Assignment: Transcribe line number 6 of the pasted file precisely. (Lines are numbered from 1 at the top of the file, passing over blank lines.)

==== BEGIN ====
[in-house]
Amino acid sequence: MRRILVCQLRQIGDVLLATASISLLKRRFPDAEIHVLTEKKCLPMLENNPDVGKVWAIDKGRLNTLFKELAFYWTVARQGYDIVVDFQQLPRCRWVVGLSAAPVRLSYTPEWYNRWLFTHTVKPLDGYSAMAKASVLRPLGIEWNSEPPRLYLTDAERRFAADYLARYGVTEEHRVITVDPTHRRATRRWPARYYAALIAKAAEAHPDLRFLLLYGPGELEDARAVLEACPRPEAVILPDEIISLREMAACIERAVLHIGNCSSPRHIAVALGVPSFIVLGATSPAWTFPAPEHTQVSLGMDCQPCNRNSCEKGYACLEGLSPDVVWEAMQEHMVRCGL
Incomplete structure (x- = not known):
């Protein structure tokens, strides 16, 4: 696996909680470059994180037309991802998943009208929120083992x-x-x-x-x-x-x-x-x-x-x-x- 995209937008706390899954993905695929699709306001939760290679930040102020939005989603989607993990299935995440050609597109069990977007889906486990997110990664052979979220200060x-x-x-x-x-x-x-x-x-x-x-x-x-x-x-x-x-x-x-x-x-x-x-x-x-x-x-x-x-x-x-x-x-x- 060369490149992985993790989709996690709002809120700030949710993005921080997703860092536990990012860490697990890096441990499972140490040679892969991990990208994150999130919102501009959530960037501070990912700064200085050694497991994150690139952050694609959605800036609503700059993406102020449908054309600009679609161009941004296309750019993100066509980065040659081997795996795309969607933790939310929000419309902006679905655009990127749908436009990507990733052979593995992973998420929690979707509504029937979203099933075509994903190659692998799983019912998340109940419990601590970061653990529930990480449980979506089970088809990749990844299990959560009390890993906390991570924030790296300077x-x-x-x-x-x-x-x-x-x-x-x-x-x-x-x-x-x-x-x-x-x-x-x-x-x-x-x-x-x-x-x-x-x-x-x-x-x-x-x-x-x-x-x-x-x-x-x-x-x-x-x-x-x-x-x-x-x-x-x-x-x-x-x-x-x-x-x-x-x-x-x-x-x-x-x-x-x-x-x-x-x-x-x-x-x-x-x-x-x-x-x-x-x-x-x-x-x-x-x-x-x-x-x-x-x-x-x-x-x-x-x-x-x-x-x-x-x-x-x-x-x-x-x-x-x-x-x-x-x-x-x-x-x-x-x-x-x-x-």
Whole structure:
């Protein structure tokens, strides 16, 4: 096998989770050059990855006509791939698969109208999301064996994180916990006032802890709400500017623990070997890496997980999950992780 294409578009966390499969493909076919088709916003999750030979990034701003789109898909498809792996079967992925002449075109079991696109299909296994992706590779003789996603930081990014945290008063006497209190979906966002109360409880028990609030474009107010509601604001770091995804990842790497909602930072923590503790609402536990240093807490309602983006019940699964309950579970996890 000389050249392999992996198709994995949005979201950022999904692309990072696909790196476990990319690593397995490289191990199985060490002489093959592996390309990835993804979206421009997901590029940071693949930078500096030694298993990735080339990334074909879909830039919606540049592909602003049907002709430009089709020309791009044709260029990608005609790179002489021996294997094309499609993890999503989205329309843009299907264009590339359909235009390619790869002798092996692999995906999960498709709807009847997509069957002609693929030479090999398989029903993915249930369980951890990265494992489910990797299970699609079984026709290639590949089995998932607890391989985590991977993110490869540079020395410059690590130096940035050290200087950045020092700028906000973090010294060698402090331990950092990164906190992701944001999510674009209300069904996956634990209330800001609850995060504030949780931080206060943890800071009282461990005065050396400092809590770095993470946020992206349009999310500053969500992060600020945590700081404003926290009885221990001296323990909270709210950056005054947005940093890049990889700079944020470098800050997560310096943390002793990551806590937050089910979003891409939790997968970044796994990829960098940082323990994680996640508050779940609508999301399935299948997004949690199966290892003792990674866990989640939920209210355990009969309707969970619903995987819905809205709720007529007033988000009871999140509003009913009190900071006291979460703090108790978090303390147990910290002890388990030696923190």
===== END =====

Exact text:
């Protein structure tokens, strides 16, 4: 096998989770050059990855006509791939698969109208999301064996994180916990006032802890709400500017623990070997890496997980999950992780 294409578009966390499969493909076919088709916003999750030979990034701003789109898909498809792996079967992925002449075109079991696109299909296994992706590779003789996603930081990014945290008063006497209190979906966002109360409880028990609030474009107010509601604001770091995804990842790497909602930072923590503790609402536990240093807490309602983006019940699964309950579970996890 000389050249392999992996198709994995949005979201950022999904692309990072696909790196476990990319690593397995490289191990199985060490002489093959592996390309990835993804979206421009997901590029940071693949930078500096030694298993990735080339990334074909879909830039919606540049592909602003049907002709430009089709020309791009044709260029990608005609790179002489021996294997094309499609993890999503989205329309843009299907264009590339359909235009390619790869002798092996692999995906999960498709709807009847997509069957002609693929030479090999398989029903993915249930369980951890990265494992489910990797299970699609079984026709290639590949089995998932607890391989985590991977993110490869540079020395410059690590130096940035050290200087950045020092700028906000973090010294060698402090331990950092990164906190992701944001999510674009209300069904996956634990209330800001609850995060504030949780931080206060943890800071009282461990005065050396400092809590770095993470946020992206349009999310500053969500992060600020945590700081404003926290009885221990001296323990909270709210950056005054947005940093890049990889700079944020470098800050997560310096943390002793990551806590937050089910979003891409939790997968970044796994990829960098940082323990994680996640508050779940609508999301399935299948997004949690199966290892003792990674866990989640939920209210355990009969309707969970619903995987819905809205709720007529007033988000009871999140509003009913009190900071006291979460703090108790978090303390147990910290002890388990030696923190």